Philosophy, Reason, And Righteousness In The Thought Of Martin Luther -- By: James E. Dolezal
RBTR 6:2 (July 2009) p. 81
Philosophy, Reason, And Righteousness In The Thought Of Martin Luther
James E. Dolezal is a Ph.D. student in systematic theology at Westminster Theological Seminary, Philadelphia, PA. The author is grateful to Professor R. Emmet McLaughlin of Villanova University for his many useful comments on an earlier version of this essay.
It is not surprising that many Reformation historians, when seeking to explain Martin Luther’s reform motivations, give the lion’s share of attention to the 95 theses of his Disputation on the Power and Efficacy of Indulgences (October 1517). After all, the 95 theses captured the imagination of the German populace and provoked the ire of the papal curia against the Wittenberg monk. But we would be mistaken to think that Luther’s reform efforts were fueled primarily by his opposition to indulgence abuses. A month before his theses against indulgence abuse were posted Luther issued 97 theses for his Disputation Against Scholastic Theology (September 1517). In these theses, which were prepared in the course of Luther’s attempt to write a commentary on the first book of Aristotle’s Physics, the reformer attacked the scholasticism of William of Ockham, Peter d’Ailly, and Gabriel Biel.1 Though Luther was trained in Ockham’s nominalist tradition, as filtered through Gabriel Biel, he concluded after extensive reading in Aristotle that scholastic theology had been thoroughly corrupted by a misuse and misappropriation of Greek philosophy.2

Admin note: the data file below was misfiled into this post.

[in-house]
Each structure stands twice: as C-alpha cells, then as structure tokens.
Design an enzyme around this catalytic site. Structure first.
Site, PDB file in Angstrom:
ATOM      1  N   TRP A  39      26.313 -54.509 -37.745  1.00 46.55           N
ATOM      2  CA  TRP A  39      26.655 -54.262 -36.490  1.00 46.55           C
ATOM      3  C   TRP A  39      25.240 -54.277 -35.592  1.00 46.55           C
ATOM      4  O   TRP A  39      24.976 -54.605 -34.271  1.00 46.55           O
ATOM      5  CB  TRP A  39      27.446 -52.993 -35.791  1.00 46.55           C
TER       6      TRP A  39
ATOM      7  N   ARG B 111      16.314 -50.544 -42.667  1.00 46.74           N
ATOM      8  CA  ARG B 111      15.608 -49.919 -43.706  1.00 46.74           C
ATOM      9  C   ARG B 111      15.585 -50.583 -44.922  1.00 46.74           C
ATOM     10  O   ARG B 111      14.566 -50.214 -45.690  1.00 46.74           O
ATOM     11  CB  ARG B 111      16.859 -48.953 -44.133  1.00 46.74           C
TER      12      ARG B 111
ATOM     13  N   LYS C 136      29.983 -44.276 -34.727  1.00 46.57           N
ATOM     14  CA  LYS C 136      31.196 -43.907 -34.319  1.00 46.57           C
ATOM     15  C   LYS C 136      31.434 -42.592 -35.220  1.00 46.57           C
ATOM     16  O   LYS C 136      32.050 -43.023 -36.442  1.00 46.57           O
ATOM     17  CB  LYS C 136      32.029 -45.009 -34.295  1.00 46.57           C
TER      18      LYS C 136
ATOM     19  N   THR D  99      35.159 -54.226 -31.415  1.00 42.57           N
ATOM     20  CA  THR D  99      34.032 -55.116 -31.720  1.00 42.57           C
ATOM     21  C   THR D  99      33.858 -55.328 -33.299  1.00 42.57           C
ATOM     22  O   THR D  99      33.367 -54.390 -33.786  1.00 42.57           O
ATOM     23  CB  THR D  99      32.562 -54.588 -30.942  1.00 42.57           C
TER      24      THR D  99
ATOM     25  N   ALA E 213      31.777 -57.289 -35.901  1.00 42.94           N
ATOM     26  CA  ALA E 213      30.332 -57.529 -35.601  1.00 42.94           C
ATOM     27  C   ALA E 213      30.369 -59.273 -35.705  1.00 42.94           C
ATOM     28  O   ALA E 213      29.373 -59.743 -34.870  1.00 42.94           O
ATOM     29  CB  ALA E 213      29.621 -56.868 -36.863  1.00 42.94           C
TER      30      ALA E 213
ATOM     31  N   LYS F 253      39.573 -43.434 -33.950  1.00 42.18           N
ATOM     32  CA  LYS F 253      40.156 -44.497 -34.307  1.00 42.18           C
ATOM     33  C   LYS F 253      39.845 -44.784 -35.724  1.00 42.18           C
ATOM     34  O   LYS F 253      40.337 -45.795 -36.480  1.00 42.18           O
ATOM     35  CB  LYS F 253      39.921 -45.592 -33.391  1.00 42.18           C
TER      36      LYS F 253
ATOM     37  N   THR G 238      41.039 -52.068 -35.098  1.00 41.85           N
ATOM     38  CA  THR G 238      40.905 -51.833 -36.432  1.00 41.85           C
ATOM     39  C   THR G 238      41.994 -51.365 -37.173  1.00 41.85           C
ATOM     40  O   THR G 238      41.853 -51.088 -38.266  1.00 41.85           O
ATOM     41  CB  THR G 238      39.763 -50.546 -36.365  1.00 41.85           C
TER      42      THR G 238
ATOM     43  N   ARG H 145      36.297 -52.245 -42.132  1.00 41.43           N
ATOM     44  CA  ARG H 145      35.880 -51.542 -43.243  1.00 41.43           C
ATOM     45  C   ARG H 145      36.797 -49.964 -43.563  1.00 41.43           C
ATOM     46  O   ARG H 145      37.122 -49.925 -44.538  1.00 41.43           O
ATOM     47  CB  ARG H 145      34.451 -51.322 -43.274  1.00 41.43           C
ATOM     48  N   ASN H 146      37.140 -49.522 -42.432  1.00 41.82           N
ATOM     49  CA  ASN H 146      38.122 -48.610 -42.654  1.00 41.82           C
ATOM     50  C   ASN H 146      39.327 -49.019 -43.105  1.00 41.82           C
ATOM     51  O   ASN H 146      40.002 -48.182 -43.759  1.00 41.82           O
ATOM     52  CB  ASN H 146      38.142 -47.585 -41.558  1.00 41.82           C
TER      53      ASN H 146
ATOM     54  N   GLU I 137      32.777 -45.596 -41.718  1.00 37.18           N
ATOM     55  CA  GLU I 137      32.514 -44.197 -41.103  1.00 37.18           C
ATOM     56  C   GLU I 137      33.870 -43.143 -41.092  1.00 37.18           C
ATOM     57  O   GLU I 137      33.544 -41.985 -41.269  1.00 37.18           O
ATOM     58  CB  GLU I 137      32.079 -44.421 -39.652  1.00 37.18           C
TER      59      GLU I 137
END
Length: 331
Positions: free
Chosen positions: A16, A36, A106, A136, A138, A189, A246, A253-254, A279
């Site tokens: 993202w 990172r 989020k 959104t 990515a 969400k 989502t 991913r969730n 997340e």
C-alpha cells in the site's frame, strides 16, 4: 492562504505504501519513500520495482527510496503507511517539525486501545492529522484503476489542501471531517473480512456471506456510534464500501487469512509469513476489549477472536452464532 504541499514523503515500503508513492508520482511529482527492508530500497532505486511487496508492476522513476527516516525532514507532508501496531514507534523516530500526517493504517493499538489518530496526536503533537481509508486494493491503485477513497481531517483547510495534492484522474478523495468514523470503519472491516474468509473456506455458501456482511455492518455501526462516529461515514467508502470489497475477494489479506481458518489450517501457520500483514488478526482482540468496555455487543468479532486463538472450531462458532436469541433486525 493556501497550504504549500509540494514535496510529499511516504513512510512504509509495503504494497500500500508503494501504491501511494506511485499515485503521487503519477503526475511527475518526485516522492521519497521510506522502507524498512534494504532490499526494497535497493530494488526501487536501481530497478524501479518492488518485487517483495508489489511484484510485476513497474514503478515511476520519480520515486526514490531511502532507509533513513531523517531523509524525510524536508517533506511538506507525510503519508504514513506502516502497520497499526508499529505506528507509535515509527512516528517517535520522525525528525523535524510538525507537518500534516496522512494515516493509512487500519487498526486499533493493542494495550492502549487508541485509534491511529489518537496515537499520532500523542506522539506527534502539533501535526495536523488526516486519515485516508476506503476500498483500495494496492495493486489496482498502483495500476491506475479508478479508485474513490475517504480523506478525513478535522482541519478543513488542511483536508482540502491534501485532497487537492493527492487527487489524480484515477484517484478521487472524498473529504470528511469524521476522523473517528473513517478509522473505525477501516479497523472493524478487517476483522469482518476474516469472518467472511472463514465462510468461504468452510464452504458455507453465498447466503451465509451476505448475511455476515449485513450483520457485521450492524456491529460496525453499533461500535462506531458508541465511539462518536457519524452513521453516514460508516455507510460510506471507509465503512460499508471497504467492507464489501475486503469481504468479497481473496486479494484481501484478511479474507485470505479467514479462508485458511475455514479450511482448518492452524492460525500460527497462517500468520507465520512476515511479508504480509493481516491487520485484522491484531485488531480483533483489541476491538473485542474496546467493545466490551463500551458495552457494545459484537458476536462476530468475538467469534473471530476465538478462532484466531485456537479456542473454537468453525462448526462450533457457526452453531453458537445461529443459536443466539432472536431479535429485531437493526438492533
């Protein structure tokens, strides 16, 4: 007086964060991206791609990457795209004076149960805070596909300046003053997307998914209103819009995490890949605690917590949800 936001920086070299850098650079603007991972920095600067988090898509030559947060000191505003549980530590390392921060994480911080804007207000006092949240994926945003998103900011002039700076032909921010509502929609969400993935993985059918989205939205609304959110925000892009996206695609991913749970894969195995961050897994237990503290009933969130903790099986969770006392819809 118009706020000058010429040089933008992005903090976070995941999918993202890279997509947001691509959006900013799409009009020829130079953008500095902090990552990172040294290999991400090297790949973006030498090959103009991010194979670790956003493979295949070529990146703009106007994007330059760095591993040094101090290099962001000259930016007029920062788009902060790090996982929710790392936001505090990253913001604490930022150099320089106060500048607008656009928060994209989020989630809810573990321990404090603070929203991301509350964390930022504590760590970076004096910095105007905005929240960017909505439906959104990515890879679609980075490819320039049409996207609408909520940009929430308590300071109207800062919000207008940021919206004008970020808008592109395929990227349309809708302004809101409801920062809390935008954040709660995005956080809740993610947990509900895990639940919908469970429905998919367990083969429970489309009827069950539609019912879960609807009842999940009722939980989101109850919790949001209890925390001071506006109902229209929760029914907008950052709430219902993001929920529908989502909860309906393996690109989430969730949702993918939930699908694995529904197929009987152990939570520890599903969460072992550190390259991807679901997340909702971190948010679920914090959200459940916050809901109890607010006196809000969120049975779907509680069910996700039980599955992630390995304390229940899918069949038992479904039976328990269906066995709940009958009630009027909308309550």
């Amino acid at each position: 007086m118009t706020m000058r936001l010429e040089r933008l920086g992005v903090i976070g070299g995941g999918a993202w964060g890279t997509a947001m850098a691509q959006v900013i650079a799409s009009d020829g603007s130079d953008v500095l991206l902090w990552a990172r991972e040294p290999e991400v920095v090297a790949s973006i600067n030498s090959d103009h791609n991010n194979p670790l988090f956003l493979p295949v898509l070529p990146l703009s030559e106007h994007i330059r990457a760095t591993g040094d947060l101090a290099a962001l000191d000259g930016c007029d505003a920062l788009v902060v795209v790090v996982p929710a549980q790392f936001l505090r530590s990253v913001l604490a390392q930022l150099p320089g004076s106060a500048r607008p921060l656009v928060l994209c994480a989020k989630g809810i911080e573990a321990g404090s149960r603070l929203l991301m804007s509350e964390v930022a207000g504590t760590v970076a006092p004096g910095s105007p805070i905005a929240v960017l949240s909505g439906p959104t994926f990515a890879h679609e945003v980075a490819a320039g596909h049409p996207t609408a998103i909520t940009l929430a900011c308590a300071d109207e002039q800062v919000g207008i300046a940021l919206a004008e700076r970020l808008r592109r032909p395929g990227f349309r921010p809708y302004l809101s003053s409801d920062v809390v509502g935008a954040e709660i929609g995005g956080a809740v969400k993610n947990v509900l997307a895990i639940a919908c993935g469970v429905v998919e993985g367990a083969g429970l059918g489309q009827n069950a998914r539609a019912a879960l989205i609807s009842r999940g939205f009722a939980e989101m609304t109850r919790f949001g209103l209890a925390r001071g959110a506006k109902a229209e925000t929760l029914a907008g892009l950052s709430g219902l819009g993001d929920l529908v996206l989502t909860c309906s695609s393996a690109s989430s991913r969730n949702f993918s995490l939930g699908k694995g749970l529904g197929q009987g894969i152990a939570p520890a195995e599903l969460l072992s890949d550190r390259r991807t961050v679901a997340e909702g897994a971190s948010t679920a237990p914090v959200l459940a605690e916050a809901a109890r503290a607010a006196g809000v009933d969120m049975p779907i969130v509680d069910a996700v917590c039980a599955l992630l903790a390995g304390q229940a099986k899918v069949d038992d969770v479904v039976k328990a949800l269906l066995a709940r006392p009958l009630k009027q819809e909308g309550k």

RBTR 6:2 (July 2009) p. 82
We may helpfully depict the reformer’s opposition to scholasticism as a quest for a new theological grammar. Luther himself certainly seems to conceive of his task in this way. For instance, regarding the Christian doctrine of works and morality he insists that all biblical passages “are to be explained according to a new and theological grammar.”3 Regarding explanations of the incarnation of Christ, Luther avers, “philosophy has nothing to do with our grammar.”4
Luther’s quest for a new theological grammar set him on a course of new discoveries. Heiko Oberman observes that Luther became increasingly aware that God revealed himself to the apostles and prophets in ways and through words not commonly found in the medieval scholastic vocabulary with its definitions drawn from Aristotle. In fact, he had dismissed Aristotle as unreliable (fabulator) as early as 1509. He contended that only the Scriptures can introduce the grammar that God exp...
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